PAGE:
has previously agreed in writing to electronic notice by  
            email.

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          4.Requires a licensed health facility to delay the reporting of  
            any unlawful or unauthorized access to, or use or disclosure  
            of, a patient's medical information beyond 15 business days,  
            as specified, and not later than 15 business days after the  
            date designated as the end of the delay. 

          5.Permits DPH to assess the licensee a penalty in the amount of  
            $100 for each day that the unlawful or unauthorized access,  
            use, or disclosure is not reported to DPH or the affected  
            patient, following the initial 15-day period, as specified. 

          6.Specifies that notwithstanding any other law, DPH may refer  
            violations of these provisions to the Office of Health  
            Information Integrity for enforcement.

           Background

          Federal Law  .  HIPAA established federal protections for  
          patient's health information held by "covered entities" and any  
          "business associates" that the covered entity that a covered  
          entity engages to help it carry out its health care activities.  
          A covered entity can be a provider, a health plan, or a health  
          care clearinghouse that processes health information it receives  
          from another entity. While HIPAA establishes a federal floor for  
          minimum privacy protections, states are permitted to enact laws  
          that provide greater privacy protections or rights. 

          In 2009, as part of the American Recovery and Reinvestment Act,  
          the Health Information Technology for Economic and Clinical  
          Health (HITECH) Act was enacted to promote and expand the  
          adoption of health information technology. Among other  
          provisions, the HITECH Act, under the implementing regulations  
          adopted in January 2013, requires HIPAA covered entities to  
          provide notification to affected individuals within 60 days  
          following the discovery of a breach of medical information. If  
          the breach affects 500 or more individuals, the covered entity  
          must report this breach to the media and to the Secretary of HHS  
          within 60 days. Breaches affecting fewer than 500 individuals  
          are required to be reported to HHS on an annual basis. 

           Prior Legislation

           AB 541 (Alquist, Chapter 605, Statutes of 2008) requires health  

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          care facilities to prevent unlawful or unauthorized access to,  
          use, or disclosure of, patients' medical information and  
          established safeguards to protect the privacy of patients'  
          medical information.  

          AB 211 (Jones, Chapter 602, Statutes of 2008) establishes an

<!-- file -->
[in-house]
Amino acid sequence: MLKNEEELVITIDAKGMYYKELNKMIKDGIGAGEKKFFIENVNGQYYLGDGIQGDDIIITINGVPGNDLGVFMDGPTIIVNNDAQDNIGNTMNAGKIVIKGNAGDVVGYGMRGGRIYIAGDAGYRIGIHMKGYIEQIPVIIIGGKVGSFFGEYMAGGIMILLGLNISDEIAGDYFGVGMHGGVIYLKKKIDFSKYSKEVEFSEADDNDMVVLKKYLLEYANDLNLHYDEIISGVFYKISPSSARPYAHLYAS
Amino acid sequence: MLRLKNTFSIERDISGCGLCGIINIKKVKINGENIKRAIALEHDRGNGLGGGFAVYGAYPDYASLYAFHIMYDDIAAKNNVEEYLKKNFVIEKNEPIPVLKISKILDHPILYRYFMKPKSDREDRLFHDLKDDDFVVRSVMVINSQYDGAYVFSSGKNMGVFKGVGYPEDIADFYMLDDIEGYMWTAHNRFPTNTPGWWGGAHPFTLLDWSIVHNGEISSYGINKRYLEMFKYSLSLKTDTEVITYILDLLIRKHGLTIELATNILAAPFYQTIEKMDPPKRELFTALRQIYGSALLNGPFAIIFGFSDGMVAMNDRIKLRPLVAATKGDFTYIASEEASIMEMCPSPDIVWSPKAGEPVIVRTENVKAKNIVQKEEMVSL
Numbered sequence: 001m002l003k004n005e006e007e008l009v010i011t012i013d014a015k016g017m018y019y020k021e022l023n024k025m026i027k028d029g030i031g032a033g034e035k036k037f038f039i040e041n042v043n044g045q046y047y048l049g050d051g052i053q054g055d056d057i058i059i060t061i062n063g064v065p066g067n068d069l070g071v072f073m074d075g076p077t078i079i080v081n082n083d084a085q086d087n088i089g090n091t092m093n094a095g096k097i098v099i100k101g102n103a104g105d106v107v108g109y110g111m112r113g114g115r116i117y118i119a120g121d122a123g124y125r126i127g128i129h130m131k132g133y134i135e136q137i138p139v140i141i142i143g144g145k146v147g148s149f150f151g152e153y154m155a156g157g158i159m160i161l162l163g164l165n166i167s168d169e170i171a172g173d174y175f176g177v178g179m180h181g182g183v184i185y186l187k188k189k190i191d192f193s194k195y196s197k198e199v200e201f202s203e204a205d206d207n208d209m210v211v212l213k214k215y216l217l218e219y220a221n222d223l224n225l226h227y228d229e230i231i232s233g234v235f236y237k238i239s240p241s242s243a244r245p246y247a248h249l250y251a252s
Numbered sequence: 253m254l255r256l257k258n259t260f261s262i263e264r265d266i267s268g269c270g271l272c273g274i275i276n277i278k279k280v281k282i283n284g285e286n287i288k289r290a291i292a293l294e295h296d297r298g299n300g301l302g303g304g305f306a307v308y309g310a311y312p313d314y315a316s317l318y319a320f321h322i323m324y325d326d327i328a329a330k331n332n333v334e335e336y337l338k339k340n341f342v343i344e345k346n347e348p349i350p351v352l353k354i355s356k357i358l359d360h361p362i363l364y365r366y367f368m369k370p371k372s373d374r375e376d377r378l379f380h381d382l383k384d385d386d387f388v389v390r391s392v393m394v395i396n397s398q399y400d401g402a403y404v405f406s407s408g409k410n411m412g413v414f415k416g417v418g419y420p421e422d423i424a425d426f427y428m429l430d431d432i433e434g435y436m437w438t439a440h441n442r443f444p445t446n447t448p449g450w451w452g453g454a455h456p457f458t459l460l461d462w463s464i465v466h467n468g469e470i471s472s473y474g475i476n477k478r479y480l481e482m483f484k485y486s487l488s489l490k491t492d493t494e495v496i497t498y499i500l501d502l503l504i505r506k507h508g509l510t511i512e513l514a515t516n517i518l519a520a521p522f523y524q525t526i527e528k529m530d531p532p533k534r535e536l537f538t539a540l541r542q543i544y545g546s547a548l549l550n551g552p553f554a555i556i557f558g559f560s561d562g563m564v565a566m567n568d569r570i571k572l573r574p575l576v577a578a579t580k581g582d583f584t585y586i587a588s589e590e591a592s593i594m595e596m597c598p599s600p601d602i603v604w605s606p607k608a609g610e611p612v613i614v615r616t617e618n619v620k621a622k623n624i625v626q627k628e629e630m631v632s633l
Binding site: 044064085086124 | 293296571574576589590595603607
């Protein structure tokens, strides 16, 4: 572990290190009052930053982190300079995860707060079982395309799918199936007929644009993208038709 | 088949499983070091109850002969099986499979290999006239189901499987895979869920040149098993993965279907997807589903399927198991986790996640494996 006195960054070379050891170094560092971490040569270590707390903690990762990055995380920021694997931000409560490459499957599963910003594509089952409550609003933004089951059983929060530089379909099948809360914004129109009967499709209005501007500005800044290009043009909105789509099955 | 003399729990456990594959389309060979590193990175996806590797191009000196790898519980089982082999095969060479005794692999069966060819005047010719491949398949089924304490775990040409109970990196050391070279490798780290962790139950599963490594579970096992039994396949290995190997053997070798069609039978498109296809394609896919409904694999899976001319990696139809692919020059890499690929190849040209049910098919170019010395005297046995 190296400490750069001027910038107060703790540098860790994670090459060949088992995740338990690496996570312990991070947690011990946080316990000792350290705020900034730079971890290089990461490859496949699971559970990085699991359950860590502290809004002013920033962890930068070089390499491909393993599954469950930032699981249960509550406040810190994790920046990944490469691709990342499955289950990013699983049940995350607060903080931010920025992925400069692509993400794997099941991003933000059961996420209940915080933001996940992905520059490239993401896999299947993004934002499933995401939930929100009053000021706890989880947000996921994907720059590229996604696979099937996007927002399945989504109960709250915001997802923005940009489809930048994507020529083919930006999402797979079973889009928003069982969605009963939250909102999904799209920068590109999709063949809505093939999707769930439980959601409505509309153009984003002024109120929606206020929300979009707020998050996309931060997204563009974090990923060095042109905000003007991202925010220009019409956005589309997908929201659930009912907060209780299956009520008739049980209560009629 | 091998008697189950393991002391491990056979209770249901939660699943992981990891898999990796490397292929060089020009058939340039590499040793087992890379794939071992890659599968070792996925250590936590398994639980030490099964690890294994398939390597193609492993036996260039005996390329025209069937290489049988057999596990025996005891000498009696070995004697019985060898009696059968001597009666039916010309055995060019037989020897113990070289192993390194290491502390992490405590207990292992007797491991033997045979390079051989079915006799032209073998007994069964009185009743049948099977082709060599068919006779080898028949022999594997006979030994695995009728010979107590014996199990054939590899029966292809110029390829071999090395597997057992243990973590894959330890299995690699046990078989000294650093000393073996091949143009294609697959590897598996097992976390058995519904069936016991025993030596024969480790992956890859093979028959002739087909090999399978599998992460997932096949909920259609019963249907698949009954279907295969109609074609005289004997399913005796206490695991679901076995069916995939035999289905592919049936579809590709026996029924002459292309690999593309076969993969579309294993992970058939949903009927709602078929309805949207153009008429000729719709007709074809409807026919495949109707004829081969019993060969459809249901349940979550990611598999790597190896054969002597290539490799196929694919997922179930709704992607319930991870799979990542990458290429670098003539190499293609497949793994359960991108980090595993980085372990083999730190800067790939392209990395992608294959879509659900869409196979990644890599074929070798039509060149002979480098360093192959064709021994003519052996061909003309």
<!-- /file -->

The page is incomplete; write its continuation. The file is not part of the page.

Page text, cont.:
Office of Health Information Integrity to ensure the enforcement  
          of state confidentiality of medical information, to impose  
          administrative fines for the unauthorized use of medical  
          information upon referral from DPH, and required health care  
          providers to establish and implement appropriate administrative,  
          technical, and physical safeguards to protect the privacy of  
          patient's medical information.  

          AB 439 (Skinner, Chapter 437, Statutes of 2012) provides an  
          affirmative defense for civil actions taken under CMIA, such  
          that the plaintiff may not be awarded nominal damages if the  
          defendant establishes that defense, as specified.
          
           FISCAL EFFECT  :    Appropriation:  No   Fiscal Com.:  No   Local:  
           No

           SUPPORT  :   (Verified  7/2/14)

          California Medical Association (co-source)
          Planned Parenthood Affiliates of California (co-source)
          California Hospital Association
          California Society of Anesthesiologists
          Planned Parenthood Advocacy Project Los Angeles County
          Planned Parenthood Mar Monte
          Planned Parenthood of Orange and San Bernardino Counties 
          Planned Parenthood of Santa Barbara, Ventura & San Luis Obispo  
          Counties, Inc.
          Planned Parenthood of the Pacific Southwest
          Planned Parenthood Pasadena and San Gabriel Valley
          Planned Parenthood Shasta Pacific Action Fund
          Six Rivers Planned Parenthood

           ARGUMENTS IN SUPPORT  :    This bill is co-sponsored by Planned  
          Parenthood Affiliates of California (PPAC) and the California  
          Medical Association (CMA).  PPAC states that the changes to  
          current law related to unlawful or unauthorized access to, and  
          use or disclosure of, a patient's medical information help limit  
          the burden on facilities when reporting and responding to  

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          breaches of medical information while increasing protections for  
          patient confidentiality. 

          CMA believes that at a time when managing health care costs and  
          maintaining access to care are essential, this bill ensures  
          patients are adequately altered to serious medical information  
          breaches and given the sensitivity of medical information,  
          ensures that patients have the option of designating an  
          alternate address where notices can be sent or received.  

           ASSEMBLY FLOOR  :  75-0, 5/23/14
          AYES:  Achadjian, Alejo, Allen, Ammiano, Bigelow, Bloom,  
            Bocanegra, Bonta, Bradford, Brown, Buchanan, Ian Calderon,  
            Campos, Chau, Chávez, Chesbro, Conway, Cooley, Dababneh,  
            Dahle, Daly, Dickinson, Donnelly, Eggman, Fong, Fox, Frazier,  
            Beth Gaines, Garcia, Gatto, Gomez, Gonzalez, Gordon, Gorell,  
            Gray, Grove, Hagman, Hall, Holden, Jones, Jones-Sawyer,  
            Levine, Linder, Logue, Lowenthal, Maienschein, Mansoor,  
            Medina, Melendez, Mullin, Muratsuchi, Nazarian, Nestande,  
            Olsen, Pan, Patterson, Perea, John A. Pérez, Quirk,  
            Quirk-Silva, Rendon, Ridley-Thomas, Rodriguez, Salas, Skinner,  
            Stone, 




            Ting, Wagner, Waldron, Weber, Wieckowski, Wilk, Williams,  
            Yamada, Atkins
          NO VOTE RECORDED:  Bonilla, Harkey, Roger Hernández, V. Manuel  
            Pérez, Vacancy


          JL:nl  7/2/14   Senate Floor Analyses 

                           SUPPORT/OPPOSITION:  SEE ABOVE